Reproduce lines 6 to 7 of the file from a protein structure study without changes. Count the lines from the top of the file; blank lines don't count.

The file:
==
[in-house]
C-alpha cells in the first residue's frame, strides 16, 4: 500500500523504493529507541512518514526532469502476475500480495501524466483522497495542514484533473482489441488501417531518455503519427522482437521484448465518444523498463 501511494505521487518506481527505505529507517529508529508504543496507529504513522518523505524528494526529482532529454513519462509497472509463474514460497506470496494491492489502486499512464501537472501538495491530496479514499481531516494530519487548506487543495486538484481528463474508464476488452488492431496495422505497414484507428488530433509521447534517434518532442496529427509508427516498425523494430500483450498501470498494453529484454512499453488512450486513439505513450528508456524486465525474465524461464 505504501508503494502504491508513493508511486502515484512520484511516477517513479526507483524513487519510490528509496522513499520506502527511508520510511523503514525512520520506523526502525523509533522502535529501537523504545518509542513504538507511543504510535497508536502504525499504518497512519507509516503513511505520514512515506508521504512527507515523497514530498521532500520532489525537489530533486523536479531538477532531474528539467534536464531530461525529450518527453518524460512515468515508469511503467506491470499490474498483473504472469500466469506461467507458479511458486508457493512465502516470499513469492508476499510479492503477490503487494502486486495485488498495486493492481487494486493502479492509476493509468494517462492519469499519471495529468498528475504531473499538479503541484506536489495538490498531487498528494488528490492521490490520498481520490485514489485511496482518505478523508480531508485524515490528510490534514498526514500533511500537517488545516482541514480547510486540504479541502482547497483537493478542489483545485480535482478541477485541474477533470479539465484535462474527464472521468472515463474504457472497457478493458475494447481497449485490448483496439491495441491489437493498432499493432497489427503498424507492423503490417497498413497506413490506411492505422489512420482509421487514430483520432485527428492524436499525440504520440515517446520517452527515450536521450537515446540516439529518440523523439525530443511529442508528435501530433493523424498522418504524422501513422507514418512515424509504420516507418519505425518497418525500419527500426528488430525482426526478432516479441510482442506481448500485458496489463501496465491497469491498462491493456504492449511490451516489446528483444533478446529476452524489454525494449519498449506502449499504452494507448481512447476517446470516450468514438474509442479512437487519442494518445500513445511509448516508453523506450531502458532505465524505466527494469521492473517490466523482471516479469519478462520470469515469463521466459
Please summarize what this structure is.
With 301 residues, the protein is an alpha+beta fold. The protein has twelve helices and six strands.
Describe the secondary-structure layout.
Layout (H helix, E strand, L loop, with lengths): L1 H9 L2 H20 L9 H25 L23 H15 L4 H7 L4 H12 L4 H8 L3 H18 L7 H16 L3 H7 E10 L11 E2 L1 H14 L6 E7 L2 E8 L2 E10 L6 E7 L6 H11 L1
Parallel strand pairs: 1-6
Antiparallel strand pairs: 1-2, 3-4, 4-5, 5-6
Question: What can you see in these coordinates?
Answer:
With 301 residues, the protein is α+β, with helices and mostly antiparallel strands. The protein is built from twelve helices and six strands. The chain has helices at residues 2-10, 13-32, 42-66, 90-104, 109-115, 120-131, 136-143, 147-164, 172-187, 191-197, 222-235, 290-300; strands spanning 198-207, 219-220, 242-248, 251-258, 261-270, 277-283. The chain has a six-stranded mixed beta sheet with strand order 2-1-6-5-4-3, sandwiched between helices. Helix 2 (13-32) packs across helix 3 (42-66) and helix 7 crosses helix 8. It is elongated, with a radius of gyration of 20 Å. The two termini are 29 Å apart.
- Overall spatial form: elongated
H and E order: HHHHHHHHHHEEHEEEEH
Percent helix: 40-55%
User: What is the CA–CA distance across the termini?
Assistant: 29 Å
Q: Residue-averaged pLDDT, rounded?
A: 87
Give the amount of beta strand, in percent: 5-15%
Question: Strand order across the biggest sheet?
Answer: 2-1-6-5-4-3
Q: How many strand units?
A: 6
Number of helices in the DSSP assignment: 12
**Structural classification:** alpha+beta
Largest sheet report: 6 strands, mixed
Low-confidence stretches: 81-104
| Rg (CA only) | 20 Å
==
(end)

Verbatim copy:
Layout (H helix, E strand, L loop, with lengths): L1 H9 L2 H20 L9 H25 L23 H15 L4 H7 L4 H12 L4 H8 L3 H18 L7 H16 L3 H7 E10 L11 E2 L1 H14 L6 E7 L2 E8 L2 E10 L6 E7 L6 H11 L1
Parallel strand pairs: 1-6